When it’s Lent, anything that could possibly go wrong, will go wrong.

Just in the past week,
the oven handle has come off several times
the vent finally gave out and had to be replaced
and today the water filter suddenly cracked.

Lent for my hubby should be officially designated “Honey Do Month”.

Lent is actually my oasis in the desert. Because of my heightened awareness of God and His Presence in my life, I also am able to identify little mortifications that could be offered up.

Fr. Matt, in his homily today, asks/challenges, “What will be different this time?”

One of my goals when I emerge from this Lent is to maintain this same level of awareness, keeping God front and center all the time. Easy to say, yes, hard to do. I think I’ve strayed from where I was a couple of years ago and it’s primarily because of increased use of social media.
The quiet is a bit overwhelming at times, but I’m considering making the change a permanent one.

However, I still recognize that there is work to be done, in terms of evangelization, which we are called to engage in, even more, now.

Fr. Dubay talks about degrees of human excellence. While I certainly can identify with all degrees (certainly less so the third, which calls for me to be saintly most of the time), I am most firmly ensconced in the second degree. It’s the little things that always get me. Especially through the years that I’ve grown in my faith and become more confident of God’s love for me, I’ve seen this creeping tendency to flare up, like when the Church or the Pope is being attacked, or when “catholics” misrepresent authentic Catholic teaching. The problem with that is I also seem to have developed a low threshold for anything that may be identifiable as a spiritual battle — especially as it concerns me and my family. Anytime I sense the evil one trying to get a foothold, no matter how little the temptation is, I go into Mama Bear mode, and forget that gentleness with the person working through the struggle would work so much more effectively if I weren’t huffing and puffing, eager for the battle to end with my loved one as victor. I often come out intolerant of the PERSON and not of the EVIL. Big difference.

If I could pick only one book that I’d say had a profound effect in my life besides the Bible, I’d say it’s Fr. Lovasik’s The Hidden Power of Kindness. Page after page it is filled with practical suggestions on how to be a kinder, saintlier person RIGHT HERE RIGHT NOW. Lenten resolution within this Lenten resolution: reread this book.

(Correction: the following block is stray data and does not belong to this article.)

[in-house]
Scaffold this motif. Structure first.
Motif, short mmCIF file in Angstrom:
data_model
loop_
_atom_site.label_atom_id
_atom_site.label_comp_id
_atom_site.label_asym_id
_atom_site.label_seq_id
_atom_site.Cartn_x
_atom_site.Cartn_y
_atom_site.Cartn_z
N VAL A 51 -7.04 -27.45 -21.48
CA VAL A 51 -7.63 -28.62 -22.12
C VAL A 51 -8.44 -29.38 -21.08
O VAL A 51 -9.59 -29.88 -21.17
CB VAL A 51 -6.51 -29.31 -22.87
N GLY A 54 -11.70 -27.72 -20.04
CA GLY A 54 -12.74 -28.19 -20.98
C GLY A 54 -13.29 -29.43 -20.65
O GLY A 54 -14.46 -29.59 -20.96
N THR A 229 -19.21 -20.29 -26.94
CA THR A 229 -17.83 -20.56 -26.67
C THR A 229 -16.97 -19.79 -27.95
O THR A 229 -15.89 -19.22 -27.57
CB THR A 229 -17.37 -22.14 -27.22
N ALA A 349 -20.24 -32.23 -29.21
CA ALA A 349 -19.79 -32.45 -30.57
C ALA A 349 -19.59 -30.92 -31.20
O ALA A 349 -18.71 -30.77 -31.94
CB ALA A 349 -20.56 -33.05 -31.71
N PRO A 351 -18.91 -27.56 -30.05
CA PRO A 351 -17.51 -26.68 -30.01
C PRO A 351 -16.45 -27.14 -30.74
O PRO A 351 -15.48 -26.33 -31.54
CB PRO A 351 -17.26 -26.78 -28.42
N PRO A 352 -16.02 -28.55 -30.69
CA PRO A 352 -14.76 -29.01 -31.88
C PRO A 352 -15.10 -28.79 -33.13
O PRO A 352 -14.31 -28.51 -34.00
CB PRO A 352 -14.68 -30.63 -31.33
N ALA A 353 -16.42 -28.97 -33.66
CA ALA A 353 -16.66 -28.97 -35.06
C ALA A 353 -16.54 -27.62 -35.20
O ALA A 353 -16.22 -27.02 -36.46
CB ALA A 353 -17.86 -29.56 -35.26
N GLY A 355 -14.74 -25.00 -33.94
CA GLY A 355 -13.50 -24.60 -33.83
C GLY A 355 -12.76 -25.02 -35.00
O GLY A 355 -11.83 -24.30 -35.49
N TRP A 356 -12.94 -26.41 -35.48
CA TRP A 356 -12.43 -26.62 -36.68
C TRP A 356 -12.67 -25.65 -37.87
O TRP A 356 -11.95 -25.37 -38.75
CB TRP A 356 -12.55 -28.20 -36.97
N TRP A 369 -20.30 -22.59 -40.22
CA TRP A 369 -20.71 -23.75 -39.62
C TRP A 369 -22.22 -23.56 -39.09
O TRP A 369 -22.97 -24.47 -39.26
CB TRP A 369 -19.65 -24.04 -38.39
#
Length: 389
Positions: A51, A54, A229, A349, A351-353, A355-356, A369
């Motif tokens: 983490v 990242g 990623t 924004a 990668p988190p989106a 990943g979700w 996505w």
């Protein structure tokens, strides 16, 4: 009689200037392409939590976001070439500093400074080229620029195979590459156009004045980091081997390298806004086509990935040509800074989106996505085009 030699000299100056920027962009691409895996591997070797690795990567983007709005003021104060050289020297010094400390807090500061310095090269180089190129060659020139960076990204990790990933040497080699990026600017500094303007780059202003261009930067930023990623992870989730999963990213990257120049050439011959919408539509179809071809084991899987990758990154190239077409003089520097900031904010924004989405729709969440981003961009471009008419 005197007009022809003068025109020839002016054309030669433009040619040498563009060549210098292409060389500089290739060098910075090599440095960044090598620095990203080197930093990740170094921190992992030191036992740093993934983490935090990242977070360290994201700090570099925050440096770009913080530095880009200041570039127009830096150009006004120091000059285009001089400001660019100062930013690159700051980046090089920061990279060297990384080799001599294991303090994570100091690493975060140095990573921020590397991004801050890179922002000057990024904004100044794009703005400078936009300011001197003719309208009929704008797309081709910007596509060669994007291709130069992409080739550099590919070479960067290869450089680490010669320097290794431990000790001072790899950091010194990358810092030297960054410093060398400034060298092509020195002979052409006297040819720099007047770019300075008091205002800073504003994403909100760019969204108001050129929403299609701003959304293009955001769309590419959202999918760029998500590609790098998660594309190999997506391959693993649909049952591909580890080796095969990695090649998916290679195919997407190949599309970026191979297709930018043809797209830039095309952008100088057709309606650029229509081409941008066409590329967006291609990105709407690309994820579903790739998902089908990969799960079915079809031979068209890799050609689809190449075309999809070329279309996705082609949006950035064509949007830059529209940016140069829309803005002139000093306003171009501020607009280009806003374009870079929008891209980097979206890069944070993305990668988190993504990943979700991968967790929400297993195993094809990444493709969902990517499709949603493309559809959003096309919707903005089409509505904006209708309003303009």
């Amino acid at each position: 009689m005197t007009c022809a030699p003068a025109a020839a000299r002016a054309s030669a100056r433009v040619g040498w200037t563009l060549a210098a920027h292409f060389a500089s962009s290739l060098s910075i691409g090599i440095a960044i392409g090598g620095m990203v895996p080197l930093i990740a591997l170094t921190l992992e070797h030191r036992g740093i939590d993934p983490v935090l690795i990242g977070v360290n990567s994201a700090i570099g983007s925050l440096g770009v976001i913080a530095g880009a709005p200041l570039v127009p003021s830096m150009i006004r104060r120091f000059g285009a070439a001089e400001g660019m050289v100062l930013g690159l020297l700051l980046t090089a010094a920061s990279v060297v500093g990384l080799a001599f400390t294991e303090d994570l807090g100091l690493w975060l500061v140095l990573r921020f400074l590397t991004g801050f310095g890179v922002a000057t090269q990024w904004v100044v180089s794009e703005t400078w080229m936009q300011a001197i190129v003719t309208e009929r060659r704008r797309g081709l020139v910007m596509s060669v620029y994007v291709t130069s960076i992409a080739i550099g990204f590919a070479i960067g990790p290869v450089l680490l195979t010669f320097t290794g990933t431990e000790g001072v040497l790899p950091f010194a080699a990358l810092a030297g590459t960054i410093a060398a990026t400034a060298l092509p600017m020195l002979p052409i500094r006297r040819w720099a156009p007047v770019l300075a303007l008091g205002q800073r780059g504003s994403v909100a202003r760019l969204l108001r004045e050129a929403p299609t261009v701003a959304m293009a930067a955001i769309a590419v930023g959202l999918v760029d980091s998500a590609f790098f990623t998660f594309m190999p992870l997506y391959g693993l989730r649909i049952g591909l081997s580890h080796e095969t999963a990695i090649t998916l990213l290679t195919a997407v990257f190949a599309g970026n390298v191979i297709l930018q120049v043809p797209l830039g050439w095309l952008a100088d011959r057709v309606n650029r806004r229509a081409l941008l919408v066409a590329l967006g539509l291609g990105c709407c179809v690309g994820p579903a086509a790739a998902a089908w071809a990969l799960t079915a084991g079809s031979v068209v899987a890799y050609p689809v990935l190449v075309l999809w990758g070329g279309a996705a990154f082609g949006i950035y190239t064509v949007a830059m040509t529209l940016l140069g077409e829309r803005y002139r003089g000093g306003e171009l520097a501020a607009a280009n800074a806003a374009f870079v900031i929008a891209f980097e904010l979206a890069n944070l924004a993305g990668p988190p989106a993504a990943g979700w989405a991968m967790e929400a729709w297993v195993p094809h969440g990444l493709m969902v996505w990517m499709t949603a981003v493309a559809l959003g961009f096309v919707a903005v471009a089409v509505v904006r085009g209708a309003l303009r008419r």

I’m also realizing that I’m a happier, more peaceful, a more in-tune-with-God person, without certain people in my life. They’re not toxic people per se, but just ones who evoke a certain response in me that if I’m not careful could lead me to various sins. While it feels good to be needed, and I’ve always had a tendency to say YES to everything that’s presented to me, it’s been nice to take a step back and just enjoy the quiet. It also helps tone down my pride a bit to realize that I am not as needed as I sometimes think I am. My primary vocation is not in cyberspace where can only effect minute changes, where I cannot change the world, anymore than I can crawl into my screen and give people a pat on the back or a hug. I’ve spent entirely too much time in the playground, it seems, and not enough on my knees.

To keep on progressing spiritually, more attention needs to be given to feeding my soul. This is evidenced by the pile of books (mostly spiritual reading) I have at my bedside — ever increasing, never diminishing, it seems, until Lent rolls around. This seems to be the great difficulty everyone encounters, but is loathe to identify. Just like people who skip breakfast even when they know it’s the most important meal of the day, it’s easy to convince oneself that we are getting nourishment just from being around like-minded folks. It’s not going to happen with me sitting in an atmosphere of camaraderie, but perhaps not a whole lot of soul-growing. I cannot expect to just soak up faith by chatting daily with a bunch of believers. I still have to proactively turn to my God and His Word and be constantly in Communion with Him, even if that means I turn to Him IN SILENCE.

In the everyday, it’s easy to let the tiny temptations pile up and not even see them for what they are. Stepping back to view the bigger picture needs to happen on a regular basis, or I lose sight of what God truly wants me to do. I can only listen well, when by choice, I turn off the cacophony of voices I’ve allowed into my life (many of which are my own and come in the form of unreasonable demands). I cannot simply wait for Him to yell in order to drown out the noise that’s of my own making.